Passed in 2010 and largely upheld by the Supreme Court earlier this year, the Patient Protection and Affordable Care Act, often referred to as Obamacare, now seems, in the wake of the presidential election, to be a permanent fixture in the laws of the country.
There are several practical effects that this has on the nation. First, states will have to decide if they are going to establish health insurance markets where individual households and some small businesses can have access to a variety of health insurance plans. For states that don’t establish these markets, the federal government will need to do this so residents of those states will have access to a market. So far, it appears as if 17 states and the District of Columbia plan on establishing these healthcare exchanges.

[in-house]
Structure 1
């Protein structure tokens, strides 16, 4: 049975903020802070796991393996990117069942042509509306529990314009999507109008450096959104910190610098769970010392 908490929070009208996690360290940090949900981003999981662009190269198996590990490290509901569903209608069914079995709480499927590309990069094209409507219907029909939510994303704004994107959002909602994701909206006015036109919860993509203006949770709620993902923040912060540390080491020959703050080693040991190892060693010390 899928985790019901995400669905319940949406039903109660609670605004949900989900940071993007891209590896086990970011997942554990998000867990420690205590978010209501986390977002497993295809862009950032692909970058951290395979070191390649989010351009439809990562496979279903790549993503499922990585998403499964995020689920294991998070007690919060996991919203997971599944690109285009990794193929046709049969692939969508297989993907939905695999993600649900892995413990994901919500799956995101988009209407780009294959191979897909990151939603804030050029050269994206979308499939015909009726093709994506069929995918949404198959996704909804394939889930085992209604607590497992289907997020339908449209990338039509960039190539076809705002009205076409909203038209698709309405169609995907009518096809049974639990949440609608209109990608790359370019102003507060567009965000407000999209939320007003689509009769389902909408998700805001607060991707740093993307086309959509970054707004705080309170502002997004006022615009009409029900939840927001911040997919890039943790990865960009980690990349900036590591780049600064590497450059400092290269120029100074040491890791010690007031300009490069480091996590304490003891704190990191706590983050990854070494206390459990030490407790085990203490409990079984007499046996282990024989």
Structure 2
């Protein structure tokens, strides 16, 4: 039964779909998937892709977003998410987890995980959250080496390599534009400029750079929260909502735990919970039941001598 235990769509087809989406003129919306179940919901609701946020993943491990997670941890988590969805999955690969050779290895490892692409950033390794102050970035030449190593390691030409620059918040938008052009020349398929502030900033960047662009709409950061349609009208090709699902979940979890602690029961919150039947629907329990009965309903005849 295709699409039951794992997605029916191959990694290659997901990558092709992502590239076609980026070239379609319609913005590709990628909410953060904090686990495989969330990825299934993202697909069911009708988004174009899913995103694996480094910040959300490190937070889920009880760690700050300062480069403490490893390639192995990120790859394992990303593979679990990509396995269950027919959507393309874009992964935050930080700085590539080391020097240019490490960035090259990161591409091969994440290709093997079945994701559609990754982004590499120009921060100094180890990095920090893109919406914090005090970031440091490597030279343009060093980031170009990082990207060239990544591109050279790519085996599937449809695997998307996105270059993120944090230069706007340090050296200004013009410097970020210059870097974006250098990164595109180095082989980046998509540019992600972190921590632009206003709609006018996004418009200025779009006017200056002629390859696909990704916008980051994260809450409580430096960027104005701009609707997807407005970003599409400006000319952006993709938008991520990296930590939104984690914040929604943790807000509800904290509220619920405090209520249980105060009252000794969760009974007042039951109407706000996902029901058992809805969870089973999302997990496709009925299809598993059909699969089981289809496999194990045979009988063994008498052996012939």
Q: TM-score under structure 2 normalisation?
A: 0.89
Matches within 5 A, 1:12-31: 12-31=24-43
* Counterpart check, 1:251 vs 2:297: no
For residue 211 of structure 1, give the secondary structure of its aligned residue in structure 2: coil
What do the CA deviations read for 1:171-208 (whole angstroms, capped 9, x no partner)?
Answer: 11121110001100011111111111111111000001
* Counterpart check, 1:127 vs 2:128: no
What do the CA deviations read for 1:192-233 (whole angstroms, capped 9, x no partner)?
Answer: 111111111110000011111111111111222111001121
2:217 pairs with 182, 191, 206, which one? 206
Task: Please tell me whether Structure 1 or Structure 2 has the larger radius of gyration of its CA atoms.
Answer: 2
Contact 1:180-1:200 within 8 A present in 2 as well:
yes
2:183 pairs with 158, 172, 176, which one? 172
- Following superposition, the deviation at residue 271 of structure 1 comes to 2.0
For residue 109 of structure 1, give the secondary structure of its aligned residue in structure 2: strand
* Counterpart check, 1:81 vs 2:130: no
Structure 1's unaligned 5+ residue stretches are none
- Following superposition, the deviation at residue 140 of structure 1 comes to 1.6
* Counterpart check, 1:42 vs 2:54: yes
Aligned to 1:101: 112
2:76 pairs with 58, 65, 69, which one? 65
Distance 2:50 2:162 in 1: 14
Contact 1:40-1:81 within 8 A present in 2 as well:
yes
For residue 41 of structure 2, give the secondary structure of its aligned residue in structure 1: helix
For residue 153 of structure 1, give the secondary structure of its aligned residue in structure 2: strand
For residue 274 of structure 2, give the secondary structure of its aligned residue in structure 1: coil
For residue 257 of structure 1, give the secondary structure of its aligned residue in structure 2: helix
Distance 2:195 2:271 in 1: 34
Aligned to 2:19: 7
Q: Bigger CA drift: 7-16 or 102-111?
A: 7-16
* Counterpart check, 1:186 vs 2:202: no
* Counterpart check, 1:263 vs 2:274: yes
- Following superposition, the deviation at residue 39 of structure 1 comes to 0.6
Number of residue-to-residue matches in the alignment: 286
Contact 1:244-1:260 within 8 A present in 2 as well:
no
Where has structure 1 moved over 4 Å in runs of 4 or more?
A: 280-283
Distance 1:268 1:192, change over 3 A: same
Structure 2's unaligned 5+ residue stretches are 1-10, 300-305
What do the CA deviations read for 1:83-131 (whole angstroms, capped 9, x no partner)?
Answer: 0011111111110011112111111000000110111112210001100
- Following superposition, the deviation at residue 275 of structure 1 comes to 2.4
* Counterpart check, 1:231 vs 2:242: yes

For those individuals who do not qualify or cannot afford any of the private health insurance plans, the Affordable Care Act also provided for an expansion of Medicaid services. While the Supreme Court decision allowed states to choose not to implement the expansion, in states that do anyone who earns up to 133% of the federal poverty line can apply to Medicaid. This is scheduled to begin in 2014, but some states have adopted earlier expansions. It’s unclear what states will choose to opt out of the expansion, but Mississippi recently became the first, choosing not to include more people in the Medicaid coverage criteria.